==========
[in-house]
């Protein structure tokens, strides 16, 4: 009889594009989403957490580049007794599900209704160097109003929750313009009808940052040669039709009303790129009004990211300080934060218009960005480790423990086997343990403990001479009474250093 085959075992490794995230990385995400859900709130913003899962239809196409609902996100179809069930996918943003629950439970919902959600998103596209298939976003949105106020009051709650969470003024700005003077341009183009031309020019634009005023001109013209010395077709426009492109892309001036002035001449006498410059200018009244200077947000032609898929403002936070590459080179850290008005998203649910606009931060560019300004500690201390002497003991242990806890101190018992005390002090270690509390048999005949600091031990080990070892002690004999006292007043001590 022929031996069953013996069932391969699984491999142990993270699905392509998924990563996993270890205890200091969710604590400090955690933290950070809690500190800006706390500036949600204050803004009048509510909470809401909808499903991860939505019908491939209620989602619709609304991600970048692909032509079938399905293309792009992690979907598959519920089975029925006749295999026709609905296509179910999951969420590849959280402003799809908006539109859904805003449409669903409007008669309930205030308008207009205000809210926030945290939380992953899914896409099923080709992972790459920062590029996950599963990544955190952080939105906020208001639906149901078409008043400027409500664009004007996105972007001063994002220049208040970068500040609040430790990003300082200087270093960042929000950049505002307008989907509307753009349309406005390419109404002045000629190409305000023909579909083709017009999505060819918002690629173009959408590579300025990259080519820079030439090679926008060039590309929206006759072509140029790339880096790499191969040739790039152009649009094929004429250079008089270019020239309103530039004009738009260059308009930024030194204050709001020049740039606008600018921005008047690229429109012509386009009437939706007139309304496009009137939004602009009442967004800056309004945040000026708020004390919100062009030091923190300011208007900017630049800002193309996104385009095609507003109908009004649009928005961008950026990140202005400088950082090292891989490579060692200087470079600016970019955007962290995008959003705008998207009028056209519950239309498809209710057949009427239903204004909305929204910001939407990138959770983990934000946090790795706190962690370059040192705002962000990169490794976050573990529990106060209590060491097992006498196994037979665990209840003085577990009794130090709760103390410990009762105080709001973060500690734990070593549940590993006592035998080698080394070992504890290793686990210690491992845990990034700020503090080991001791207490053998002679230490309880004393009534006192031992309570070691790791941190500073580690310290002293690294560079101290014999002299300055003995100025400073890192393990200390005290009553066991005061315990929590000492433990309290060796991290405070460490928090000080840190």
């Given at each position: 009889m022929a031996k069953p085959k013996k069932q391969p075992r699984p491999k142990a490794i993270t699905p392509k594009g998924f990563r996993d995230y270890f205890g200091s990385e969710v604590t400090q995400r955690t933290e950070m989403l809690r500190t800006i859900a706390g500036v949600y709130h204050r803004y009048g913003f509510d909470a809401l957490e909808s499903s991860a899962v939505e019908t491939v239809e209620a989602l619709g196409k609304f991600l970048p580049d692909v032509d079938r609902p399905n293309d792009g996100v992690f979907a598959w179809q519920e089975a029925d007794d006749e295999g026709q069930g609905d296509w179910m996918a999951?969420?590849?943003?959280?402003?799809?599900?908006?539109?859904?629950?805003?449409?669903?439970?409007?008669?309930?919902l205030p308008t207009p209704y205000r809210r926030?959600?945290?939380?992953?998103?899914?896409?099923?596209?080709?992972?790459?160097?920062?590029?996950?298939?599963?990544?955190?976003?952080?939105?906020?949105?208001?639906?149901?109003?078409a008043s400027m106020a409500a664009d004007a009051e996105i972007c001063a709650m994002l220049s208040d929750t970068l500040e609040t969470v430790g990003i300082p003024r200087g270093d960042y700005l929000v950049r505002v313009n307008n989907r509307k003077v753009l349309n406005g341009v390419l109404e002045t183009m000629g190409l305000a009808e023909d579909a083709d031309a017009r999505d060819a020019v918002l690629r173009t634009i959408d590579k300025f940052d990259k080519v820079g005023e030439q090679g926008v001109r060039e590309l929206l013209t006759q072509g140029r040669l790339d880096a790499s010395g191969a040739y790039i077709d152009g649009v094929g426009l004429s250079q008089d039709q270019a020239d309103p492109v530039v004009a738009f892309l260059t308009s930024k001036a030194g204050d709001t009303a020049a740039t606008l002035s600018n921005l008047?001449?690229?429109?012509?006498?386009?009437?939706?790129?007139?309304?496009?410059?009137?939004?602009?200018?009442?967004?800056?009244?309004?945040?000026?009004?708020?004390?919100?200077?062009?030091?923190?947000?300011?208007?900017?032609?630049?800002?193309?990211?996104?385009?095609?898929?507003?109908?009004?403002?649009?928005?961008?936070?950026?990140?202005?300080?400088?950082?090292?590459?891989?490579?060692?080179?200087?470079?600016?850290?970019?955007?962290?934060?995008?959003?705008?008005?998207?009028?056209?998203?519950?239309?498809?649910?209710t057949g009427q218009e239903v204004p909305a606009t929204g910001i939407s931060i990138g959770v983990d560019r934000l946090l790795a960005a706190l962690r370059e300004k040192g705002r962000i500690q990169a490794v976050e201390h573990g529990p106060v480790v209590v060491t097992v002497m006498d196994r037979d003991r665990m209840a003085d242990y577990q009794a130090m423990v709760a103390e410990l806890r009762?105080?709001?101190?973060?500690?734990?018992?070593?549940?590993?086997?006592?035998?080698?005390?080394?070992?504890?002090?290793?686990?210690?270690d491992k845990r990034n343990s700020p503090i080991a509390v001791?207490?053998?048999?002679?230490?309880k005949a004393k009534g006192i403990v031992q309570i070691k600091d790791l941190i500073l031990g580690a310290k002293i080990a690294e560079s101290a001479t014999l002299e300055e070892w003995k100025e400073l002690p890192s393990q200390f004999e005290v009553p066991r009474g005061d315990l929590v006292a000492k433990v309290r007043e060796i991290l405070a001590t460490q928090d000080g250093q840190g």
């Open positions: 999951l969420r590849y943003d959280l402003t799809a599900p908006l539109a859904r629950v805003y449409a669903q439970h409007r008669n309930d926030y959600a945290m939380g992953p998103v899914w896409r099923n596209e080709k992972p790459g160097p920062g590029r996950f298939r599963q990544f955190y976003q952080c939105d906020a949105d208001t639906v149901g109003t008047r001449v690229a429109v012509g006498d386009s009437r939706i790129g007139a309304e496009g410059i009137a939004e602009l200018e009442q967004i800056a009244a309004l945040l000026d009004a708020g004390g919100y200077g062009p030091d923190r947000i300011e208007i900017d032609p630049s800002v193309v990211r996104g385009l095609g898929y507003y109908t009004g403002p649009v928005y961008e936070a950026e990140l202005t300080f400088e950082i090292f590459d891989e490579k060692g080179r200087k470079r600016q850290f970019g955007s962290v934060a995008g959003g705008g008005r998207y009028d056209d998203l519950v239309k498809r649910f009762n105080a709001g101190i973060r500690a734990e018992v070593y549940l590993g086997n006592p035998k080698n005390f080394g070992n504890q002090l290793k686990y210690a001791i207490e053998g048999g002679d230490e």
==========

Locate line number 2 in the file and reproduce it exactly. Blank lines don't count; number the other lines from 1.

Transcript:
């Protein structure tokens, strides 16, 4: 009889594009989403957490580049007794599900209704160097109003929750313009009808940052040669039709009303790129009004990211300080934060218009960005480790423990086997343990403990001479009474250093 085959075992490794995230990385995400859900709130913003899962239809196409609902996100179809069930996918943003629950439970919902959600998103596209298939976003949105106020009051709650969470003024700005003077341009183009031309020019634009005023001109013209010395077709426009492109892309001036002035001449006498410059200018009244200077947000032609898929403002936070590459080179850290008005998203649910606009931060560019300004500690201390002497003991242990806890101190018992005390002090270690509390048999005949600091031990080990070892002690004999006292007043001590 022929031996069953013996069932391969699984491999142990993270699905392509998924990563996993270890205890200091969710604590400090955690933290950070809690500190800006706390500036949600204050803004009048509510909470809401909808499903991860939505019908491939209620989602619709609304991600970048692909032509079938399905293309792009992690979907598959519920089975029925006749295999026709609905296509179910999951969420590849959280402003799809908006539109859904805003449409669903409007008669309930205030308008207009205000809210926030945290939380992953899914896409099923080709992972790459920062590029996950599963990544955190952080939105906020208001639906149901078409008043400027409500664009004007996105972007001063994002220049208040970068500040609040430790990003300082200087270093960042929000950049505002307008989907509307753009349309406005390419109404002045000629190409305000023909579909083709017009999505060819918002690629173009959408590579300025990259080519820079030439090679926008060039590309929206006759072509140029790339880096790499191969040739790039152009649009094929004429250079008089270019020239309103530039004009738009260059308009930024030194204050709001020049740039606008600018921005008047690229429109012509386009009437939706007139309304496009009137939004602009009442967004800056309004945040000026708020004390919100062009030091923190300011208007900017630049800002193309996104385009095609507003109908009004649009928005961008950026990140202005400088950082090292891989490579060692200087470079600016970019955007962290995008959003705008998207009028056209519950239309498809209710057949009427239903204004909305929204910001939407990138959770983990934000946090790795706190962690370059040192705002962000990169490794976050573990529990106060209590060491097992006498196994037979665990209840003085577990009794130090709760103390410990009762105080709001973060500690734990070593549940590993006592035998080698080394070992504890290793686990210690491992845990990034700020503090080991001791207490053998002679230490309880004393009534006192031992309570070691790791941190500073580690310290002293690294560079101290014999002299300055003995100025400073890192393990200390005290009553066991005061315990929590000492433990309290060796991290405070460490928090000080840190």